The owner of a mobile home that caught fire in Songhees Nation late last night said she hasn’t been able to sleep for the past 12 hours.
“At first I didn’t know what it was. I heard an explosion. I said, ‘What the hell is that?’” Sheila Bridger said the next morning.
On Oct. 23, two homes on Middle Road in Songhees Nation caught fire, and 39 firefighters helped put out the flames.
Just after 11 p.m., Bridger was sitting on her couch watching TV when she heard a strange noise. When she got up to see what was happening, she heard popping and something hitting their roof. Bridger thought it might be a hail storm, until she looked out the window and saw the mobile home next to hers engulfed in flames.
“I could feel the heat on my face,” Bridger said.
She immediately went to help her husband, who recently had a quadruple bypass and stroke and is legally blind, out of bed. Bridger got her grandchildren out of bed, grabbed the cat and told her sons to move their cars away from the house. (Next door, the neighbour’s car still sits in the driveway, damaged by heat.)
“My place is basically a total loss. I lost everything,” Bridger said, and started to cry. “All the clothes, all the jewelry, all my memorabilia. Things I had for 50 years is gone. It’s pretty devastating because now we don’t know where we’re going to live.”
Bridger said she and her husband moved their family to their mobile home on Middle Road so it would be easier for her to be his full-time caregiver.
“I can’t seem to sleep because I keep thinking about the peace and quiet I was having on the couch and then in the blink of an eye, everything I owned is gone,” she said through tears.
RCMP told Bridger their investigation would take two to three days. A firefighter retrieved her husband’s medication and walking cane from inside their burnt home. In the meantime, Bridger’s family has been offered a room in a hotel, where they spent the night. She doesn’t know yet if the fire is being considered suspicious.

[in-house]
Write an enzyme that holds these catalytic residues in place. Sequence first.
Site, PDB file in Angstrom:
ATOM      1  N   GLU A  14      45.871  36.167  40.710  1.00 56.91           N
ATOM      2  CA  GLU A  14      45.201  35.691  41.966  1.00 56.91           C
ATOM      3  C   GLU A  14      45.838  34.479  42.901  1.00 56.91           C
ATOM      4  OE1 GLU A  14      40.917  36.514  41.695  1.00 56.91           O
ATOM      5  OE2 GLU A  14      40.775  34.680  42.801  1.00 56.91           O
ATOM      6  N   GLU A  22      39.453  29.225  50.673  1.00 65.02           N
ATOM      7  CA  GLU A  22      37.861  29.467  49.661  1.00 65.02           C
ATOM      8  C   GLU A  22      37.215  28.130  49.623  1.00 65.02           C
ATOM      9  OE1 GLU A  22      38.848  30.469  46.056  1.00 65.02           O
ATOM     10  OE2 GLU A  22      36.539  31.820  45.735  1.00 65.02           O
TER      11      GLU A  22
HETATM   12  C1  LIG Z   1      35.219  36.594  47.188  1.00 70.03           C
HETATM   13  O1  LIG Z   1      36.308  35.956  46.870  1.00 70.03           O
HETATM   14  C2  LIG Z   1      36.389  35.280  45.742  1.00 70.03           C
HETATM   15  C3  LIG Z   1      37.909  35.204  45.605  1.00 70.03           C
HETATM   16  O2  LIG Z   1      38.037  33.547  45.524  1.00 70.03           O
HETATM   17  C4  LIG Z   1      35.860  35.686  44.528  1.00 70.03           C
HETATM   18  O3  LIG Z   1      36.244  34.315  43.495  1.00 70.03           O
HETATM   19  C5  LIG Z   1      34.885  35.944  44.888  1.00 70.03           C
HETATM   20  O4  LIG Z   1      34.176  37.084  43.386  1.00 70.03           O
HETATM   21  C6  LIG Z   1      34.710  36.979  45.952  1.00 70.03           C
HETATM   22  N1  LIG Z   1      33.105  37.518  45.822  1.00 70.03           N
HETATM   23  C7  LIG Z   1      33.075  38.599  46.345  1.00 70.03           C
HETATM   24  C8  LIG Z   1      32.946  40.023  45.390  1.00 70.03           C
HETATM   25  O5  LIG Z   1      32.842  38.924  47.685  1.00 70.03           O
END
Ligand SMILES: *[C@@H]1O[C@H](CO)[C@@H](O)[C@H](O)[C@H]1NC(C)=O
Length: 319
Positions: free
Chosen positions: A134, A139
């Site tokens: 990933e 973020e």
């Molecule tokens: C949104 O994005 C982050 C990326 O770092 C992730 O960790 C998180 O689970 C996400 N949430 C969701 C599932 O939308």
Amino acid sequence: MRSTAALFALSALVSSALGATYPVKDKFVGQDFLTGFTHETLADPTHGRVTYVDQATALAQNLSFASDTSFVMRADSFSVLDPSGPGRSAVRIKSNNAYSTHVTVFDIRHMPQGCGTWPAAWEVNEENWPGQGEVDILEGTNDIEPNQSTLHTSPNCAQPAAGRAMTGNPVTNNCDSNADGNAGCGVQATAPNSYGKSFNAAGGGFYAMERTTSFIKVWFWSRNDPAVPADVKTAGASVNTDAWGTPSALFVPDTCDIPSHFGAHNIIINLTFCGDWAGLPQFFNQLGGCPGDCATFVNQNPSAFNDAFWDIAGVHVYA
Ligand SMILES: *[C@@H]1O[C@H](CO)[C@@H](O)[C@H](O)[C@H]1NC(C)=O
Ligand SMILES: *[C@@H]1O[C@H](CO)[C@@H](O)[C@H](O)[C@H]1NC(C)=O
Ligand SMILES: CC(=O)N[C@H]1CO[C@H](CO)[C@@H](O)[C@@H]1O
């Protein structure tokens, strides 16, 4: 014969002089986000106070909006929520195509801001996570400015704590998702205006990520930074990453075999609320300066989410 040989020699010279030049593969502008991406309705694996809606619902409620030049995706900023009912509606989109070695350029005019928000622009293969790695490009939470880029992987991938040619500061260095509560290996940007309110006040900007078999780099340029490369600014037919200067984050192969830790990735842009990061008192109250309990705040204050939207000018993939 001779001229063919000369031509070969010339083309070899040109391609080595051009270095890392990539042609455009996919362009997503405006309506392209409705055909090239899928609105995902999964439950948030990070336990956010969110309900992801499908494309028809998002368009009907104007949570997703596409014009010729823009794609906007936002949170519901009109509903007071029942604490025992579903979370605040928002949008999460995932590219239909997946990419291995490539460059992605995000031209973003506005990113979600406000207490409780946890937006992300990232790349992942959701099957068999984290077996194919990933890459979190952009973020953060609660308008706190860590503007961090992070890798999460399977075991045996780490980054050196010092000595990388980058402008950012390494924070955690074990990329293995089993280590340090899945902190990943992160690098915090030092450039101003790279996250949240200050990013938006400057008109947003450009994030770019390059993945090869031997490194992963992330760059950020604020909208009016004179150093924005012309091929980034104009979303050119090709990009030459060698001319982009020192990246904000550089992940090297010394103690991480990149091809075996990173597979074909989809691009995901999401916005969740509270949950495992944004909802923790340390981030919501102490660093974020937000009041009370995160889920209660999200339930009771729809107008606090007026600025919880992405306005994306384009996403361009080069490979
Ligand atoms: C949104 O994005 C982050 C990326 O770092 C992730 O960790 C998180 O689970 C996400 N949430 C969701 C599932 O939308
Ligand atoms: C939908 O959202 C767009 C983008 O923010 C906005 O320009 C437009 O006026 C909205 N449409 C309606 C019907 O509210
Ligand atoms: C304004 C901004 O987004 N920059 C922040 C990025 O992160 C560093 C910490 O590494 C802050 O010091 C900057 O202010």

Jorden Bridger, Sheila’s 21-year-old son who also lives in the mobile home, went door-to-door to tell neighbours to evacuate. Sheila Bridger said she doesn’t know if the woman who lives in the home where the fire started had time to warn anyone else. Neighbours told Bridger the woman next door escaped the flames — which she said started on the deck, blocking the front door — by crawling out the kitchen window.
“She was standing there screaming, ‘My cat’s in there, my cat’s in there’,” Bridger said, adding that she thinks the woman was in shock. “I was in shock as well. You do strange things that you wouldn’t normally do when you’re that terrified.”
The cause of the fire is still under investigation but the West Shore RCMP confirmed evidence collected so far suggests the fire is suspicious.
“This fire caused a significant amount of damage … Many lives could have been at risk had it grown further. We are looking for witnesses to come forward and assist us with this investigation,” said Const. Nancy Saggar.
Bridger said she heard people talking about what may have caused it while they were evacuated, but is waiting to hear the official results of the investigation.
“I don’t know if it’s suspicious. All I know is my home is gone and basically so is hers,” Bridger said. “I don’t know which story is true or if any of them are true. I’m not going to point my finger at her until the fire inspector looks at me and says, ‘This is what caused the fire’.
“None of us are police officers, none of us are fire investigators. We’re neighbours. Nobody has the right to judge anybody else.”